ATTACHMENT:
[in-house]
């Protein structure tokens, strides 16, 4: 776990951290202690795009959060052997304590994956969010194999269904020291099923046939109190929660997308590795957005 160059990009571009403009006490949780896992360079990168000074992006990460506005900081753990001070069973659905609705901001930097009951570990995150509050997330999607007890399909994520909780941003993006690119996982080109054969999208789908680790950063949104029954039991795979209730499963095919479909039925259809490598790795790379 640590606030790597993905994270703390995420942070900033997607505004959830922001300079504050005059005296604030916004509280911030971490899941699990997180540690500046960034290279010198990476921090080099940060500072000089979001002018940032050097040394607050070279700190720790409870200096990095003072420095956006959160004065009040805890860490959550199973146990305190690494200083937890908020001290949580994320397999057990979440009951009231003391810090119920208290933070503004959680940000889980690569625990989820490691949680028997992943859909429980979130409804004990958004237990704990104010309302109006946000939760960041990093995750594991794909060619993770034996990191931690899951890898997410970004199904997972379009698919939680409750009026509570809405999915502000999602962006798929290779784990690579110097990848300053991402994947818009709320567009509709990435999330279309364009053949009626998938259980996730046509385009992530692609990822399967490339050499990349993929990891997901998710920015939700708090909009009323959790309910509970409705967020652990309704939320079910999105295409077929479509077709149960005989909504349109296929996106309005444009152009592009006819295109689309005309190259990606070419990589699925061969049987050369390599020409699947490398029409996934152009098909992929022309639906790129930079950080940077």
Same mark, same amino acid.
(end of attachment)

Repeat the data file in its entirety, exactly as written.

[in-house]
């Protein structure tokens, strides 16, 4: 776990951290202690795009959060052997304590994956969010194999269904020291099923046939109190929660997308590795957005 160059990009571009403009006490949780896992360079990168000074992006990460506005900081753990001070069973659905609705901001930097009951570990995150509050997330999607007890399909994520909780941003993006690119996982080109054969999208789908680790950063949104029954039991795979209730499963095919479909039925259809490598790795790379 640590606030790597993905994270703390995420942070900033997607505004959830922001300079504050005059005296604030916004509280911030971490899941699990997180540690500046960034290279010198990476921090080099940060500072000089979001002018940032050097040394607050070279700190720790409870200096990095003072420095956006959160004065009040805890860490959550199973146990305190690494200083937890908020001290949580994320397999057990979440009951009231003391810090119920208290933070503004959680940000889980690569625990989820490691949680028997992943859909429980979130409804004990958004237990704990104010309302109006946000939760960041990093995750594991794909060619993770034996990191931690899951890898997410970004199904997972379009698919939680409750009026509570809405999915502000999602962006798929290779784990690579110097990848300053991402994947818009709320567009509709990435999330279309364009053949009626998938259980996730046509385009992530692609990822399967490339050499990349993929990891997901998710920015939700708090909009009323959790309910509970409705967020652990309704939320079910999105295409077929479509077709149960005989909504349109296929996106309005444009152009592009006819295109689309005309190259990606070419990589699925061969049987050369390599020409699947490398029409996934152009098909992929022309639906790129930079950080940077």
Same mark, same amino acid.